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The War Garden Victorious - Appendix 1I
Victory Edition 1919 HOME CANNING & DRYING of Vegetables & Fruits


CONTENTS

 

Title

I.

How the National War Garden Commission Came into Being

II.

The Story of the War Garden

III.

How War Gardens Helped

IV.

Types of War Gardens

V.

Uncle Sam's First War Garden

VI.

How Big Business Helped

VII.

How the Railroads Helped

VIII.

The Army of School Gardeners

IX.

Community Gardening

X.

Cooperation in Gardening

XI.

War Gardens as City Assets

XII.

The Part Played by Daylight Saving

XIII.

The Future of War Gardening

XIV.

Conserving the Garden Surplus

XV.

Community Conservation

XVI.

Conservation by Drying

XVII.

Why We Should Use Dried Foods

XVIII.

The Future of Dehydration

XIX.

Cooperation of the Press
  Chapter 19 - Cartoon Illustrations
   
 

APPENDIX

  "War Gardening,"
Victory Edition, 1919
INDEX
Cover / Letters / 1 / 2 / 3 / 4 / 5 / 6 / 7 / 8 / 9 / 10 / 11 / 12 / 13 / 14 / 15 / 16 / 17 / 18 / 19 / 20 / 21 / 22 / 23 / 24 / 25 / 26 / 27 / 28 / 29 / 30 / 31 / 32
More Letters / Back

 
  "Home Canning and Drying," Victory Edition, 1919
INDEX
Cover / Letters / 1 / 2 / 3 / 4 / 5 / 6 / 7 / 8 / 9 / 10 / 11 / 12 / 13 / 14 / 15 / 16 / 17 / 18 / 19 / 20 / 21 / 22 / 23 / 24 / 25 / 26 / 27 / 28 / 29 / 30 / 31 / 32
More Letters / Back
 
 


Color Plates

  Sow the Seeds of Victory - Every Garden a Munition PlantWILL YOU HAVE A PART IN VICTORY?

"Every Garden a Munition Plant"

James Montgomery Flagg


  War Garden Victorious Poster - War Gardens Over The TopA Poster Spreading the Idea of Militant War Gardens

Maginel Wright Enright


  War Garden Victorious Poster - Every Garden a Peace PlantA Poster for 1919, Symbolic of Victory

Maginel Wright Enright


  War Garden Victorious Poster - Can Vegetables, Fruits and the Kaiser tooCAN VEGETABLES, FRUIT AND THE KAISER TOO

J. Paul Verrees

A Poster Which Was Used in 1918, and Which, Amended–Following Germany's Defeat–Was Also Forceful in 1919

   
 

OTHER POSTERS

  We can can vegetables, fruti and the Kaiser too We can can Vegetables Fruit and the Kaiser too

 

 

page 23

HOME DRYING MANUAL
DRY ALL FOOD THAN CAN BE
DRIED

Series of trays enclosed in wall-board box, for use with electric fan.
Fig. 15. Series of trays enclosed in wall-board box, for use with electric fan.

BLANCHING

   Blanching is desirable for successful vegetable Drying. Blanching gives more thorough cleansing, removes objectionable odors and flavors, kills protoplasm and softens and loosens the fiber, allowing quicker and more uniform evaporation of the moisture, stops destructive chemical changes, and gives better color. It is done by placing the vegetables in a piece of cheesecloth, a wire basket or other porous container and plunging them into boiling water A more desirable way is to blanch in steam. For small quantities a pail or deep kettle is serviceable. A false bottom raised an inch or more is necessary. Upon this rests a wire basket or cheesecloth filled with the prepared vegetables. The water should be just below the false bottom and be boiling vigorously when the products are put in. Cover with a tight-fitting cover. Keep the water boiling during the blanching period. For larger quantities a wash-boiler partially filled with water is convenient. Bricks set on end or a wooden frame raised a few inches above the water make good supports for the containers.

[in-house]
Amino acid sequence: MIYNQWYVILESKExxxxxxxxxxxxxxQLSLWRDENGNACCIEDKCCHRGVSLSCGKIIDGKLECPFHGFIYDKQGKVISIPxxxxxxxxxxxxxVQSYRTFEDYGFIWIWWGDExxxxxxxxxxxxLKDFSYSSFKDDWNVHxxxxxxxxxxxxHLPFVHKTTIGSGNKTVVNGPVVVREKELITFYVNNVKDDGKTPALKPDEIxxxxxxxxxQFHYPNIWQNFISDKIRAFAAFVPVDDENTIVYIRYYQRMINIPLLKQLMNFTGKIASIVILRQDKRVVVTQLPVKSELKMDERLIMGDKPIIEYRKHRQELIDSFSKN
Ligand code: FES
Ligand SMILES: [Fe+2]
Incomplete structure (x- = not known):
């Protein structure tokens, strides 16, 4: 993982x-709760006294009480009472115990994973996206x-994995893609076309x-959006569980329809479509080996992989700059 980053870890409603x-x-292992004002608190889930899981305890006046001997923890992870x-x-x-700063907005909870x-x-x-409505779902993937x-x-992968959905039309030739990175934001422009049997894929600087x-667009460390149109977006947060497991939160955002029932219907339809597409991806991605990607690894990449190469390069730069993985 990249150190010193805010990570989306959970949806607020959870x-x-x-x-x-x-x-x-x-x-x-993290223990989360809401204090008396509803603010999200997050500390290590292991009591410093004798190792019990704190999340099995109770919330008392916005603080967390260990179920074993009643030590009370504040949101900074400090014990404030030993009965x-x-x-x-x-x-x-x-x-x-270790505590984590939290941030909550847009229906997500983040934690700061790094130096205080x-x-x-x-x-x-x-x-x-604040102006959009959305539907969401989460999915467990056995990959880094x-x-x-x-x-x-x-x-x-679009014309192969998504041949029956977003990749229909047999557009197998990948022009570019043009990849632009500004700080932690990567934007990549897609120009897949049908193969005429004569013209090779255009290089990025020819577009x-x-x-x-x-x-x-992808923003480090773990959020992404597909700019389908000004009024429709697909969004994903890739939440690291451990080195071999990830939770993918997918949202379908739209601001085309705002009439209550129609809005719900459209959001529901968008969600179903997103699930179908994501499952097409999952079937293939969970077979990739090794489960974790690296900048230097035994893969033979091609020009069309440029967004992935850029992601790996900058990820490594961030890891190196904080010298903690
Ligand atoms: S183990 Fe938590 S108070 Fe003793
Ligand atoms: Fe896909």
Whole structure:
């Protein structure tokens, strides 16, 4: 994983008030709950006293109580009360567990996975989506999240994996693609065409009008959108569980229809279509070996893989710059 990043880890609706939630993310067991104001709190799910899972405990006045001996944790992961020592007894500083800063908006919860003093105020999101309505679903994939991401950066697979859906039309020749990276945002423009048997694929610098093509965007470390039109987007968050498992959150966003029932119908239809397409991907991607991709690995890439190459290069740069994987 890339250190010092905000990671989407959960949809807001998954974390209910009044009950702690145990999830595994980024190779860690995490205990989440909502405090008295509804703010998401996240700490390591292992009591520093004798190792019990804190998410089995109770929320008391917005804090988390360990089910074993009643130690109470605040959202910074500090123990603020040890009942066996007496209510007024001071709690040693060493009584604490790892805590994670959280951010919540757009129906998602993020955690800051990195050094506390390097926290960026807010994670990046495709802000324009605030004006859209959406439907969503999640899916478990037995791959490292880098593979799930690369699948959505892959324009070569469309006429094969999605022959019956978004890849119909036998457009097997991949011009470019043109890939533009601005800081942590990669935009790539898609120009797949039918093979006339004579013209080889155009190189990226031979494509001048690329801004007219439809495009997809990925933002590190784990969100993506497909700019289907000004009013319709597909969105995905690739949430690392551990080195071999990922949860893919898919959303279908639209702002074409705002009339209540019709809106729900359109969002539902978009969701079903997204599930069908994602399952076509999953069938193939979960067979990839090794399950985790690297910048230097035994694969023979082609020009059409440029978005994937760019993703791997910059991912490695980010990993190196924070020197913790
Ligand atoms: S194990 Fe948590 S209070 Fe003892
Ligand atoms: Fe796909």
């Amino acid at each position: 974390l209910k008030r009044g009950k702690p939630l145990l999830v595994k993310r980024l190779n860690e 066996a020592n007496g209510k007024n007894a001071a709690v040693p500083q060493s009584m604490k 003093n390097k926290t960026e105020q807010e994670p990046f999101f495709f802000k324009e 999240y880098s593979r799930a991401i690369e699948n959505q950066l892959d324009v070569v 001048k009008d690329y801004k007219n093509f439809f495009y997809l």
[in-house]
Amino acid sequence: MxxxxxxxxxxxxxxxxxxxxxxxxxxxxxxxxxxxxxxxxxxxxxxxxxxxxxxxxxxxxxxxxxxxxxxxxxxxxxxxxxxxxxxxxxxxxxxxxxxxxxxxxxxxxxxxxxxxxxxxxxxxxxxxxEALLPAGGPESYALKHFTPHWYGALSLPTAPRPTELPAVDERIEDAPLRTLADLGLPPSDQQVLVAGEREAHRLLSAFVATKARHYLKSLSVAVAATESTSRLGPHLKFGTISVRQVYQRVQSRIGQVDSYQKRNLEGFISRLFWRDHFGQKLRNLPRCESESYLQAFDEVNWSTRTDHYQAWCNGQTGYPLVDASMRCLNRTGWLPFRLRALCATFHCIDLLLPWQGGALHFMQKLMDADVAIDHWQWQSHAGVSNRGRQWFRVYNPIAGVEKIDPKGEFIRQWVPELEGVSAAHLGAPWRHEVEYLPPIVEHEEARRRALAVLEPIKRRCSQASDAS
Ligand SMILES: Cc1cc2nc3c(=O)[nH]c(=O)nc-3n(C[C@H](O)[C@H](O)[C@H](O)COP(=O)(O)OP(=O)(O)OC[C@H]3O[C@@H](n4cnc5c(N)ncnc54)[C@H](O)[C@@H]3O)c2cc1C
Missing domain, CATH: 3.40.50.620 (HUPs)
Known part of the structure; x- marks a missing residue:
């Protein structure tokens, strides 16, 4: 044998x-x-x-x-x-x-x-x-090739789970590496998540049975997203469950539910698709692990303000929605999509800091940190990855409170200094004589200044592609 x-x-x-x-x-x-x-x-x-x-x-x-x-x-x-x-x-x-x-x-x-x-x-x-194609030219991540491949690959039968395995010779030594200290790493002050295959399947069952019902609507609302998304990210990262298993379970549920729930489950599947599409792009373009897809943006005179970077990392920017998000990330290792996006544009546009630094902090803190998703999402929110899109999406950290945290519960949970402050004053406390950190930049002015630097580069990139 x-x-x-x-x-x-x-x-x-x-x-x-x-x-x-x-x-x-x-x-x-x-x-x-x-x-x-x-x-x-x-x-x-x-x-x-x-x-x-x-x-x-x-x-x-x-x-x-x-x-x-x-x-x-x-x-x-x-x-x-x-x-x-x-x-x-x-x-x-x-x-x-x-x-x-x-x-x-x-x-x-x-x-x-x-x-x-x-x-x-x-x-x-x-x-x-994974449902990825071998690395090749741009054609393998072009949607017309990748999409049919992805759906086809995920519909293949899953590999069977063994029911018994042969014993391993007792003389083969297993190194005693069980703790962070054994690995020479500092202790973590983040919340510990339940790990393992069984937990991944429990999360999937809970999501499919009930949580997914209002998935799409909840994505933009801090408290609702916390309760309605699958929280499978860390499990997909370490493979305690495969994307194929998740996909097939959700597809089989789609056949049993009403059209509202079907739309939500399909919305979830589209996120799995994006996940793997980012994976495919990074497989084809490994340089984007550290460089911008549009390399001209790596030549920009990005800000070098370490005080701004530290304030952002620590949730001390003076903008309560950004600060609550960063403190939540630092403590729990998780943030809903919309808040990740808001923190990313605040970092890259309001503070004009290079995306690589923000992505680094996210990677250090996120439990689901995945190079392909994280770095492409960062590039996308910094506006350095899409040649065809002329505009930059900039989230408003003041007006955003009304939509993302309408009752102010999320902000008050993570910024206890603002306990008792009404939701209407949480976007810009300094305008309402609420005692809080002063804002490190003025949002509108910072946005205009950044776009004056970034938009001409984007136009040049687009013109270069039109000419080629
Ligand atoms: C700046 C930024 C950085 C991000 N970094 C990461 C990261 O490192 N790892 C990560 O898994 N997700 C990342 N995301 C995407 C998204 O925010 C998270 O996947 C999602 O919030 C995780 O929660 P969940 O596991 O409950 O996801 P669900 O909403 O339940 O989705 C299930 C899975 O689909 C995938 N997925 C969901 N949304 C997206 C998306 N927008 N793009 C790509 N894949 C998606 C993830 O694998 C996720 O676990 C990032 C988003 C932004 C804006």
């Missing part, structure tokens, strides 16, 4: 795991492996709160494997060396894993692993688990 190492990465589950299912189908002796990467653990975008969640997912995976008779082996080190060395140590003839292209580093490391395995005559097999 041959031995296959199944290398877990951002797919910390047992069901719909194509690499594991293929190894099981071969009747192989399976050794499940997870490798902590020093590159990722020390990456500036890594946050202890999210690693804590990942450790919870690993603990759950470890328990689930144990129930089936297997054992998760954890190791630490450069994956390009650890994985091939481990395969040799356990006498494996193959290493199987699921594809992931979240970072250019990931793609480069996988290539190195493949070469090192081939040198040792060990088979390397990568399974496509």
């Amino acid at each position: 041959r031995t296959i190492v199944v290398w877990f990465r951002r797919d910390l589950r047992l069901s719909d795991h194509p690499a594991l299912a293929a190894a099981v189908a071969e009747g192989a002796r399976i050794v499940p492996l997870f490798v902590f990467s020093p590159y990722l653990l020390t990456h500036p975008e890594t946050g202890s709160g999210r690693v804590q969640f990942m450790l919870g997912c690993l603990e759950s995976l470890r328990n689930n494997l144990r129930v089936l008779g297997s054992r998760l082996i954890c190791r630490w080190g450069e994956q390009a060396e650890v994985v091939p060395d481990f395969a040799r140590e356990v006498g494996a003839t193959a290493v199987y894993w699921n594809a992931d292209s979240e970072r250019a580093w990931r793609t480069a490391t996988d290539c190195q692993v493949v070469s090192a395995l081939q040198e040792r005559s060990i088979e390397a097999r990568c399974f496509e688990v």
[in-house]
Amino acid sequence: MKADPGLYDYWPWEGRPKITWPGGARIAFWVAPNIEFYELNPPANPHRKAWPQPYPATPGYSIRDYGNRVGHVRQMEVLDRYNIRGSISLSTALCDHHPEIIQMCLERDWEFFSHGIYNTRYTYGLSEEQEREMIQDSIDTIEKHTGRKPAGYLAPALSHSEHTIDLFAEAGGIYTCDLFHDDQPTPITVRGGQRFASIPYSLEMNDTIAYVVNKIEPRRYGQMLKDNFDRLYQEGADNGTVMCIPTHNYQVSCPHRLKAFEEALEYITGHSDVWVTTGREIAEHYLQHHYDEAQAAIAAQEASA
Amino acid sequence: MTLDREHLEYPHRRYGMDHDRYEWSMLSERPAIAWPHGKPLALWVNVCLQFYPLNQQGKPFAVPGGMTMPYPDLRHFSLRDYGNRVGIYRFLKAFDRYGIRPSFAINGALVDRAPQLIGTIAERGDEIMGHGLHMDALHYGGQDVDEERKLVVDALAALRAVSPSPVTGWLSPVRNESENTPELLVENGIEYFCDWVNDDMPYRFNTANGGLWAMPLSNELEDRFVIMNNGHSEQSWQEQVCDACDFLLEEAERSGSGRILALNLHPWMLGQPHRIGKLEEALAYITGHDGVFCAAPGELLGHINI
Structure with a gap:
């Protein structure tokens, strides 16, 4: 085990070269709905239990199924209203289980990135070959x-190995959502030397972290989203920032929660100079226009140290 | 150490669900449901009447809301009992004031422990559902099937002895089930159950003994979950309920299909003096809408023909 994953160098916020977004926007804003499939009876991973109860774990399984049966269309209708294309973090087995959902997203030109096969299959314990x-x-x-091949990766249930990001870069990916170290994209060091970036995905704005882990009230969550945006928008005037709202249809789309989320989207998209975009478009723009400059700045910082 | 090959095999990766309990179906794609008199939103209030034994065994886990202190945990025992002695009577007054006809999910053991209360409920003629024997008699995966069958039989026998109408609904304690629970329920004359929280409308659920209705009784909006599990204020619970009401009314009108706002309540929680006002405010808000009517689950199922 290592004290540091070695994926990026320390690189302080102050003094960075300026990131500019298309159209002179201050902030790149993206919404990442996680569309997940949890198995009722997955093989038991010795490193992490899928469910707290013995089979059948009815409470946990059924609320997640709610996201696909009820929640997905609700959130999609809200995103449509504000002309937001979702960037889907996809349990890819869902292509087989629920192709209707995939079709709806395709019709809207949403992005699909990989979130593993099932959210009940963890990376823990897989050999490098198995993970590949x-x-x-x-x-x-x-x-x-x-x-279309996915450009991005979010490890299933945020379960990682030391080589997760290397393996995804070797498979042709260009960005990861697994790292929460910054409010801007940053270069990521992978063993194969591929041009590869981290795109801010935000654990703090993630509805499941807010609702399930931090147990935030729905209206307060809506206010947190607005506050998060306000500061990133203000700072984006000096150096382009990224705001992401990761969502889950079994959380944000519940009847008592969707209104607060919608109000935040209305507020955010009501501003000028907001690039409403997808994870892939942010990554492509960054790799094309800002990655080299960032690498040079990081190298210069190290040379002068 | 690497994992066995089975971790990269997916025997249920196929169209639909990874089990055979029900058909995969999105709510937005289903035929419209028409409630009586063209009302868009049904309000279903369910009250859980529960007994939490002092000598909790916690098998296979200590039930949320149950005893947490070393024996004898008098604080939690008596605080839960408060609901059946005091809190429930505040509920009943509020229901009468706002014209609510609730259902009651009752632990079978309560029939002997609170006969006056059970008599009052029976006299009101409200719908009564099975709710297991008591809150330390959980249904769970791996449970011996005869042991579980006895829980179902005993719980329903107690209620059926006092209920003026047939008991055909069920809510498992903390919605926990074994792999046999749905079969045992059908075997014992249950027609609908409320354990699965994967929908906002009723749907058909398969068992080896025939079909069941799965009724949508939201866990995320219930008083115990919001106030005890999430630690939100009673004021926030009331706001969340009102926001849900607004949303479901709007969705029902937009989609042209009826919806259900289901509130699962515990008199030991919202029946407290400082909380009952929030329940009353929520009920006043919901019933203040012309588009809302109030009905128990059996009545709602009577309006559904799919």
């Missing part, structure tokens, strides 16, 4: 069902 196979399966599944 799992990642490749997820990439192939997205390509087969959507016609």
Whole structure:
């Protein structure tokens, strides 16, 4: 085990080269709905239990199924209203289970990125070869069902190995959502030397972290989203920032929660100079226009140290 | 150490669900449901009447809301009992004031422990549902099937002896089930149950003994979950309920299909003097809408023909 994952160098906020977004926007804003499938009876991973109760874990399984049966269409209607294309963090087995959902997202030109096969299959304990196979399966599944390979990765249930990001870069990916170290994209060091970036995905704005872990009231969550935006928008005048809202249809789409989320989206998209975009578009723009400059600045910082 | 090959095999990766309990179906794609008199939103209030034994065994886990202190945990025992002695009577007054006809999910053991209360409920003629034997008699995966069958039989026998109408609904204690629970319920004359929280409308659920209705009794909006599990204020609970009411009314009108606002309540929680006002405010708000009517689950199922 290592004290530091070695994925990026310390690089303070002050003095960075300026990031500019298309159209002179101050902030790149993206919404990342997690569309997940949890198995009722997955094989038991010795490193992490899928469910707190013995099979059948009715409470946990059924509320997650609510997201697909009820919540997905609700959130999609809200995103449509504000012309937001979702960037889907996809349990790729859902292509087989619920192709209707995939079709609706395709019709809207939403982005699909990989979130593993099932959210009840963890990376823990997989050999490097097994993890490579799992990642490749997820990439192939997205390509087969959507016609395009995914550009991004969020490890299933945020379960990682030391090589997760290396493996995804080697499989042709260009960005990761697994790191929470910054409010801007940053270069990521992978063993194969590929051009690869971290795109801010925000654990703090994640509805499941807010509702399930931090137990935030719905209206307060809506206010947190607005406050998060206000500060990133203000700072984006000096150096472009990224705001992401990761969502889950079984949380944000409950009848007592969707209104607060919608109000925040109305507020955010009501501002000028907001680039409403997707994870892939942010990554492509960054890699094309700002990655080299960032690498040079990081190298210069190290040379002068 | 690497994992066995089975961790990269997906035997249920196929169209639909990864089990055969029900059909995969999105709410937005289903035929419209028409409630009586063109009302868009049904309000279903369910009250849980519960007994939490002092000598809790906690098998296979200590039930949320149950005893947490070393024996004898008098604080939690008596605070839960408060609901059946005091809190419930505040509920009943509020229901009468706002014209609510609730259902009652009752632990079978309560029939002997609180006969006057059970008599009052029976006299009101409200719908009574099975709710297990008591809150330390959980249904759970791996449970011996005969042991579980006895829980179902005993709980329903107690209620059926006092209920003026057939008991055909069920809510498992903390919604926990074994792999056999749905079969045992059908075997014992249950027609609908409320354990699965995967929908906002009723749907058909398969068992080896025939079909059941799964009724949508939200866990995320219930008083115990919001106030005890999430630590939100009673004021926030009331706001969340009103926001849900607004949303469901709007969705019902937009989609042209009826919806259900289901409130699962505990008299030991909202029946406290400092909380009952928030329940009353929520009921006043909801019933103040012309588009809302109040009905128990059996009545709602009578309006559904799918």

Meat Chopper for preparing vegetables.
Fig. 16. Meat Chopper for preparing vegetables.

   Do not continue blanching longer than the prescribed time as some of the valuable constituents will dissolve out, the color will be destroyed and the starch will be partially cooked to a paste.
   The time required is short and varies with different vegetables. For the proper time in each case consult the directions given for Drying on pages 25, 26, 27 and 28 and the time-table on page 28.
   After blanching, drain to remove moisture and arrange on trays.

DANGER FROM INSECTS

   In addition to exercising great care to protect vegetables and fruits from insects during the Drying process, precautions should be taken with teh finished product to prevent the hatching of eggs that may have been deposited. One measure that is useful is to subject the dried material to a heat of 180° F. for from 5 to 10 minutes. By the application of this heat the eggs will be killed. Be careful not to apply heat long enough to damage the product. Store as soon as removed from the oven.

"CONDITION"
BEFORE STORING

   The word "conditioning" as used in connection with drying vegetables and fruits simply means "thorough drying." It indicates the after treatment of products on their removal from the drying trays.

Crout slicer.
Fig. 17. Crout slicer.

   Put the dried products in bins, boxes, or, if the quantity is small, in bowls. Once a day for a period of ten days to two weeks, stir thoroughly or pour from one box to another. The containers should be in a clean, dry room, and protected from light and insects. Shutters and screens at the window are desirable. Otherwise protect the dried food by spreading clean cloths over it. If any part of the material is found to be moist, after this process, return it to the drier for a short time. When for several days no change in the moisture content has been noticed, and therefore no extra drying has been necessary, the products are ready to be stored.
   Properly conditioned products can be stored without danger of spoiling, because spores and fungi cannot begin growth if there is uniform freedom from moisture on the surface.
   PRACTICALLY ALL DRIED PRODUCTS SHOULD BE CONDITIONED.

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